“His research,” Padgett said, “aims to help decarbonize important material flows by focusing on materials science problems related to buildings and infrastructure. His work combines simulations and advanced materials characterization with data-driven modeling.”
H. Russell Pitman ’58 has established the Paula and Reginald DesRoches Endowed Fellowship for Rice graduate students pursuing a degree in civil and environmental engineering. It is named in honor of Rice’s new president, former dean of engineering and civil engineer, and his wife. Pitman, who earned a degree in business administration from Rice and worked as a certified public accountant, is a longtime benefactor of the university. “I did this because I like Reggie,” Pitman said. “It’s just one of the kooky things I do.”
Making clean-burning fuel while decarbonizing the environment
In his recent Chevron Lecture on Energy, Matteo Pasquali described how carbon nanotube (CNT) synthesis from hydrocarbons could be used to decarbonize, or, in his coinage, “de-COx-ify,” material manufacturing while producing clean-burning hydrogen.
After all, it’s carbon dioxide rather than carbon itself that leads to global warming. Along with fossil fuel use for transportation, materials manufacturing (“making stuff”) is among the leading sources of CO2 emissions. Carbon dioxide capture and storage is one way to reduce such emissions, but it’s expensive and generates a huge waste stream that must be managed and stored.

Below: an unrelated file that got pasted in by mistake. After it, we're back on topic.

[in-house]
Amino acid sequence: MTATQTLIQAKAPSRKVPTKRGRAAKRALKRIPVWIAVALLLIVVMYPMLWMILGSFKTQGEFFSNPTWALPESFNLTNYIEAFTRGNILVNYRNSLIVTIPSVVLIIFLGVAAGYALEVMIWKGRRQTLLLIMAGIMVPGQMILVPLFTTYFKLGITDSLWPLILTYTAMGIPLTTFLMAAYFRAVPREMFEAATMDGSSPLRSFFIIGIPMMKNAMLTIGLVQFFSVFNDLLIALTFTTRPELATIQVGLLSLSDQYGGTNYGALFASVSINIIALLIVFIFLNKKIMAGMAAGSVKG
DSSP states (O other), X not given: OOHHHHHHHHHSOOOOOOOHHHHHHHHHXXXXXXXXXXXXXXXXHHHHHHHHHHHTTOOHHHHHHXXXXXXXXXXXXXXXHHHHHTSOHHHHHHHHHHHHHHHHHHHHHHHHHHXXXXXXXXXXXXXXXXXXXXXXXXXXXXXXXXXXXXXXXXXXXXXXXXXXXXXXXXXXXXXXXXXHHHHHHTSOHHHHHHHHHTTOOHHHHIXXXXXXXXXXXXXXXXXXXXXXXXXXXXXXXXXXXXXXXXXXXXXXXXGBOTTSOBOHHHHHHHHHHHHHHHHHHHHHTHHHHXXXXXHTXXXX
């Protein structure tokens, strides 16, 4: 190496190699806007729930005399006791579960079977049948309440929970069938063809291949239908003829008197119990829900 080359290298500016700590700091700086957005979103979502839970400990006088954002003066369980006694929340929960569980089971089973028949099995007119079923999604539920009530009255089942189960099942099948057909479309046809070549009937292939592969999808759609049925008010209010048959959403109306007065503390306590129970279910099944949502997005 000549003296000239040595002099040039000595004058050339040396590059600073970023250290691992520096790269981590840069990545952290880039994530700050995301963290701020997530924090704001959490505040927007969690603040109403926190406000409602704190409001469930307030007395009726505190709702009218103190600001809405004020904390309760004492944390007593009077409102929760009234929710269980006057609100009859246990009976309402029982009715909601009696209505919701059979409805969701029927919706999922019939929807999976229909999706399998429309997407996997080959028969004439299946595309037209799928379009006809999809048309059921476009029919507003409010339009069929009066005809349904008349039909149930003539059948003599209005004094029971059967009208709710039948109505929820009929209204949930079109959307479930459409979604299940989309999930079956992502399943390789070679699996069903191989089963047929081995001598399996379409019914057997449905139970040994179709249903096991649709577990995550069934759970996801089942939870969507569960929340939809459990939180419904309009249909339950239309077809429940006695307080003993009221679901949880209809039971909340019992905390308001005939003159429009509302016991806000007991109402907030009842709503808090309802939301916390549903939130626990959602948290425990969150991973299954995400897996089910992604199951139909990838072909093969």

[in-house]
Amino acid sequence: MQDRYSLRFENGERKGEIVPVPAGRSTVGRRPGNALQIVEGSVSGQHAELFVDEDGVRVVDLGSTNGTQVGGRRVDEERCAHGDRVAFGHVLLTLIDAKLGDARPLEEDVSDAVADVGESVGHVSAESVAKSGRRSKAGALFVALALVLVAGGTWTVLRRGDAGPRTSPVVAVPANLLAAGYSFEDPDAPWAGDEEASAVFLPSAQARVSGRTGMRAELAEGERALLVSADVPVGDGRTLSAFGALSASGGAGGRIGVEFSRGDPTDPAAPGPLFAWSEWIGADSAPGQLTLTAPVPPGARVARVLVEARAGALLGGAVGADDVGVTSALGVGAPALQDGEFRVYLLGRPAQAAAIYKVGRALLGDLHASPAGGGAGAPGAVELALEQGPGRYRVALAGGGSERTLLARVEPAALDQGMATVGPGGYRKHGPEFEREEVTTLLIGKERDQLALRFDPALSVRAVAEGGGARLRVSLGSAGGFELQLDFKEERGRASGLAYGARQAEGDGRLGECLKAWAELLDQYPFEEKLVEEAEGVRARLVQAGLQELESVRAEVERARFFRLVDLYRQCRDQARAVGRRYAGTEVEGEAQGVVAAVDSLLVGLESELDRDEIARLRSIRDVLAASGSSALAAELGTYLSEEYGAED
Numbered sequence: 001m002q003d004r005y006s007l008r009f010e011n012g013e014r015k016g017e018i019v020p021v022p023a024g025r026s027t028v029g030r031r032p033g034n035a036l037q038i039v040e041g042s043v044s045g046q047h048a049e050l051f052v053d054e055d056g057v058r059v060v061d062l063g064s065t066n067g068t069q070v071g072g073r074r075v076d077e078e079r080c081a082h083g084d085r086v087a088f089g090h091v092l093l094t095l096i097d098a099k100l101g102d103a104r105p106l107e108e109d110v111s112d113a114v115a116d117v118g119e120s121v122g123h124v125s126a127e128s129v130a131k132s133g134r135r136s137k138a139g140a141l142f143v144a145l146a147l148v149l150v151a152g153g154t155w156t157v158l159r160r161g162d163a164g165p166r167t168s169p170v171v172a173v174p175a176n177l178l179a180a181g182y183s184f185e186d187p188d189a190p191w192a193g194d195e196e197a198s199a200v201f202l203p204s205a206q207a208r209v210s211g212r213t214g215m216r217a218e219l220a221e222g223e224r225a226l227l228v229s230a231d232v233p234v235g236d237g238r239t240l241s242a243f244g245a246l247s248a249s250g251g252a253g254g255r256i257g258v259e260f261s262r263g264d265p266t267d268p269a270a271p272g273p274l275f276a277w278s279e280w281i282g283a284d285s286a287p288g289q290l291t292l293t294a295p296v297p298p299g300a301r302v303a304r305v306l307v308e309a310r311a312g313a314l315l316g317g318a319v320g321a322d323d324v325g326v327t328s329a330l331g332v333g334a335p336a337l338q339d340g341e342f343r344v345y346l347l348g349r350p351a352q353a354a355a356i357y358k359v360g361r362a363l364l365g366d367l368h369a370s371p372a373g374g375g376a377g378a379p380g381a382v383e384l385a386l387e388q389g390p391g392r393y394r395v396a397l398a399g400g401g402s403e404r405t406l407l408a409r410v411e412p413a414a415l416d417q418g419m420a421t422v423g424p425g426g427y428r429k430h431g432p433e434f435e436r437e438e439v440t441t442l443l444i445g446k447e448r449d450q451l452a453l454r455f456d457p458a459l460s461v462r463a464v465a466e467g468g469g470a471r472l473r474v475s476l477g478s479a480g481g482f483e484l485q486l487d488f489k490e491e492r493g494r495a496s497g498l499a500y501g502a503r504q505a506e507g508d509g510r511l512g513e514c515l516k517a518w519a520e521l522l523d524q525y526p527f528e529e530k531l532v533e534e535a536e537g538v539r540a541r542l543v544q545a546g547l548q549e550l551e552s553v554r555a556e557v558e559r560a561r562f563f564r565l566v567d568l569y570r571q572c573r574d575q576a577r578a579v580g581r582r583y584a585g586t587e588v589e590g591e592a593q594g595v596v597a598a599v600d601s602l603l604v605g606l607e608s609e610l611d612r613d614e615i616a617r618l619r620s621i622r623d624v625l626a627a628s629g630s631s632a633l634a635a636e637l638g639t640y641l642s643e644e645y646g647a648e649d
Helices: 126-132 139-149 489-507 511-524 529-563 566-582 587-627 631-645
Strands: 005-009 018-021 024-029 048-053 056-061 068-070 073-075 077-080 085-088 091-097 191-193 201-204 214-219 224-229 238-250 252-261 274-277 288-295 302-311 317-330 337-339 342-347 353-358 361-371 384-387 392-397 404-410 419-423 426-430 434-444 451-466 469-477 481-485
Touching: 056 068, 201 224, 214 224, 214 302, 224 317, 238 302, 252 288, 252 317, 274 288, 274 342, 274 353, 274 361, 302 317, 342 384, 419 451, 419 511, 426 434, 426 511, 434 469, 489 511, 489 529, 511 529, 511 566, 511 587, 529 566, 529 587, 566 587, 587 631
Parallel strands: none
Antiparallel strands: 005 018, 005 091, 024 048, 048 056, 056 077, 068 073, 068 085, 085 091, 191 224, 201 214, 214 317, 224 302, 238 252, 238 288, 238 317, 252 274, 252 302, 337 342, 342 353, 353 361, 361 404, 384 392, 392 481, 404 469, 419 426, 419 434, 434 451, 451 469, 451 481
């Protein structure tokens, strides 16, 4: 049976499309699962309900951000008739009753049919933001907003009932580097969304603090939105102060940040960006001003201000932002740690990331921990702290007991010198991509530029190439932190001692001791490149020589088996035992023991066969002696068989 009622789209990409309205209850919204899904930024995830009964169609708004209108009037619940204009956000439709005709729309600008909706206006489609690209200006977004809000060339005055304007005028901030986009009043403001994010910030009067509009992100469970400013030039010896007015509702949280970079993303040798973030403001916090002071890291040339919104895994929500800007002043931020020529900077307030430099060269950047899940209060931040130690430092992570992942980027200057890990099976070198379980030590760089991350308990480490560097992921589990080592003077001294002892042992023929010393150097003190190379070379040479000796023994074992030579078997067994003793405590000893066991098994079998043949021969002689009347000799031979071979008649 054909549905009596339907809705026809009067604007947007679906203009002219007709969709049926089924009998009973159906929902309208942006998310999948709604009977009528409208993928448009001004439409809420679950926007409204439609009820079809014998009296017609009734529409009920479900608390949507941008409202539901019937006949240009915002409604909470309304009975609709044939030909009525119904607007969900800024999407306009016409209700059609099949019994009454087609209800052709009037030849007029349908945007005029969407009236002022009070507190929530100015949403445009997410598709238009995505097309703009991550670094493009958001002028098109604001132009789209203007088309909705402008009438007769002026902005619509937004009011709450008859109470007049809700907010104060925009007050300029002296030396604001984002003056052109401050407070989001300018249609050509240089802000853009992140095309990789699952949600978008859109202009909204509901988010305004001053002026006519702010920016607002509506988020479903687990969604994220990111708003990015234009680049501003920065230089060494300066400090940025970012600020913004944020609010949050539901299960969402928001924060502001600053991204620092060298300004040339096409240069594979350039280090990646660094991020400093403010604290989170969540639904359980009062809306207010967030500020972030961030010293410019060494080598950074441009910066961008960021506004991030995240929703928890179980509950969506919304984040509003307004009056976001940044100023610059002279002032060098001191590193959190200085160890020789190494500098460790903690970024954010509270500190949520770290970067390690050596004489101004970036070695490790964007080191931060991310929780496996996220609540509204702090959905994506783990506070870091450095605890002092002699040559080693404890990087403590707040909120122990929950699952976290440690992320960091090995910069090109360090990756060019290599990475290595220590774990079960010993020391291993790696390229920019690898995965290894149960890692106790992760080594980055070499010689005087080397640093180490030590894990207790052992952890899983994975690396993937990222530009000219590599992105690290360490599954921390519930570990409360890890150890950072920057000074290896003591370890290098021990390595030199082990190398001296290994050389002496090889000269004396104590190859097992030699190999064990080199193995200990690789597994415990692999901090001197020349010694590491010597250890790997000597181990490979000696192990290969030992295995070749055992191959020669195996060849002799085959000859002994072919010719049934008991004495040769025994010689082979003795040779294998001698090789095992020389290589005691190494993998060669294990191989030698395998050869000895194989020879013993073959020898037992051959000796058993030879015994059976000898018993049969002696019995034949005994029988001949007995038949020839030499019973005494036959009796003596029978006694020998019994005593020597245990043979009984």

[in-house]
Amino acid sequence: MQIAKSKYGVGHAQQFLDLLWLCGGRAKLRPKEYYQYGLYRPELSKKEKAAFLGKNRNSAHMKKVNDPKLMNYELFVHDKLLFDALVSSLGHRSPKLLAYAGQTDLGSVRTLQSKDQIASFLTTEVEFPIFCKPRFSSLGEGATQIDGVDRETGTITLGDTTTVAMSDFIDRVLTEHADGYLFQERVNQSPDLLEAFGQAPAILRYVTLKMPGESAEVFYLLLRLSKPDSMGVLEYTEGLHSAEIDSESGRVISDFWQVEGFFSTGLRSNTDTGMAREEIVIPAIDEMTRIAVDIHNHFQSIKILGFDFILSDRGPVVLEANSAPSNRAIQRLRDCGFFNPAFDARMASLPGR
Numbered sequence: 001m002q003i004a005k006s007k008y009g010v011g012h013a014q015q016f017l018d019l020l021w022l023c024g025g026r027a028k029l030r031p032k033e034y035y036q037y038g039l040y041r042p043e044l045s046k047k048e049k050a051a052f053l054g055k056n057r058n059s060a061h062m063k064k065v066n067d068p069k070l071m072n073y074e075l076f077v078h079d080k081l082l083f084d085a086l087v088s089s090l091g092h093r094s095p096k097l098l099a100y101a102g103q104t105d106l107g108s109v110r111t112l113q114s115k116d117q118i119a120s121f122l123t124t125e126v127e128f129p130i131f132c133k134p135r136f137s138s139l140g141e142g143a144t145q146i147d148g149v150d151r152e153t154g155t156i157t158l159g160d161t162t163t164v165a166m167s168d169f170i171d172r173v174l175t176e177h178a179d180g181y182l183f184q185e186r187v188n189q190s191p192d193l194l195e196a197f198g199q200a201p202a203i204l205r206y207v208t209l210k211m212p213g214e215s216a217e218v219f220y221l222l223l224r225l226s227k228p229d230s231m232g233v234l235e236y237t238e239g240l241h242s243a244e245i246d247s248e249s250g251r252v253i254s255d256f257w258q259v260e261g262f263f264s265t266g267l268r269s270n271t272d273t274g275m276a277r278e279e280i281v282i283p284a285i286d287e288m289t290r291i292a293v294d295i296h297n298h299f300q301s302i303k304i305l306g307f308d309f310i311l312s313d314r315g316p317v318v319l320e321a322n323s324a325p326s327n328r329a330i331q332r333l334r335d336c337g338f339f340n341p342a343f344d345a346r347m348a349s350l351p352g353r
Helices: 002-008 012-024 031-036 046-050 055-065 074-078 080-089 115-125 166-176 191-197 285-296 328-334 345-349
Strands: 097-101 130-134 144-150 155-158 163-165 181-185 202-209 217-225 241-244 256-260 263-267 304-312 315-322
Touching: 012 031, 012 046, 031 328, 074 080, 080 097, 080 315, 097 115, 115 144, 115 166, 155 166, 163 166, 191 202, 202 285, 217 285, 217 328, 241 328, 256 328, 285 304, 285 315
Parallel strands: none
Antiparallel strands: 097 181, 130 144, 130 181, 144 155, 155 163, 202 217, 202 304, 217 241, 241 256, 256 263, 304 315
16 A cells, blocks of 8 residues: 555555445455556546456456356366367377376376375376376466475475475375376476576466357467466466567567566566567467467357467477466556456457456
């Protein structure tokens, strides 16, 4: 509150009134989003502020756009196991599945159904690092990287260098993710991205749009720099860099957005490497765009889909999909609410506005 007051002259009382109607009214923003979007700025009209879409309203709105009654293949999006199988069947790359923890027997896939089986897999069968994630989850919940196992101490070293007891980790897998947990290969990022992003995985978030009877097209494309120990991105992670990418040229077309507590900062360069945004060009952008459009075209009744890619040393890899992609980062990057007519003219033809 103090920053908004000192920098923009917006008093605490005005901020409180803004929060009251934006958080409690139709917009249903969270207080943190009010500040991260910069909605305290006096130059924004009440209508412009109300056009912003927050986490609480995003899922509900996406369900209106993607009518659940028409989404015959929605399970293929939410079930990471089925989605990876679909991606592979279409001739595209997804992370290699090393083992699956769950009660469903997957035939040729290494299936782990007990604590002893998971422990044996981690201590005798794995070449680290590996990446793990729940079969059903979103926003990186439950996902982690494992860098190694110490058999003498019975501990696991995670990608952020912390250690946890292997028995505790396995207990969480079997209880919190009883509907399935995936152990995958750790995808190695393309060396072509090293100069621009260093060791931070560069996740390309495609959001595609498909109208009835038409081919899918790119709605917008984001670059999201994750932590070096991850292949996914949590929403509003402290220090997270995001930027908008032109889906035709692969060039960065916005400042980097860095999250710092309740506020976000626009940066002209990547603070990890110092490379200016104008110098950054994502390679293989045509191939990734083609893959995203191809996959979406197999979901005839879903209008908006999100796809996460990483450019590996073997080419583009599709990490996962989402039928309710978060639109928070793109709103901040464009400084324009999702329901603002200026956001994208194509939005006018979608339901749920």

“The science is settled and the opportunity is clear. We already know how to make materials without carbon-dioxide emissions: split hydrocarbons and make clean hydrogen and useful carbon materials. Now it’s time to get started,” said Pasquali, the A.J. Hartsook Professor of Chemical and Biomolecular Engineering, and director of Carbon Hub.
“That carbon can be part of the solution is already credible,” he said. “Twenty years ago we could only make carbon black, which has limited use and small markets. Now we can make a range of carbon materials to the major CO2 offenders: metals and construction materials. We just have to figure out a reliable way to scale up the processes and make them less expensive.”
Carbon Hub was launched in 2019 with a $10 million commitment from Shell and additional commitments from Prysmian, Mitsubishi Corporation Americas, Chevron and Huntsman to change how the world makes materials and uses hydrocarbons.
Instead of burning them and releasing carbon dioxide, while mining ores that must be processed with further carbon-dioxide emissions, Carbon Hub is dedicated to the zero-emissions goal of splitting hydrocarbons and creating clean-burning hydrogen fuel and solid carbon materials.
“The concept is simple,” Pasquali said. “We can make solid and usable carbon materials from hydrocarbons, so no emissions are ever generated.”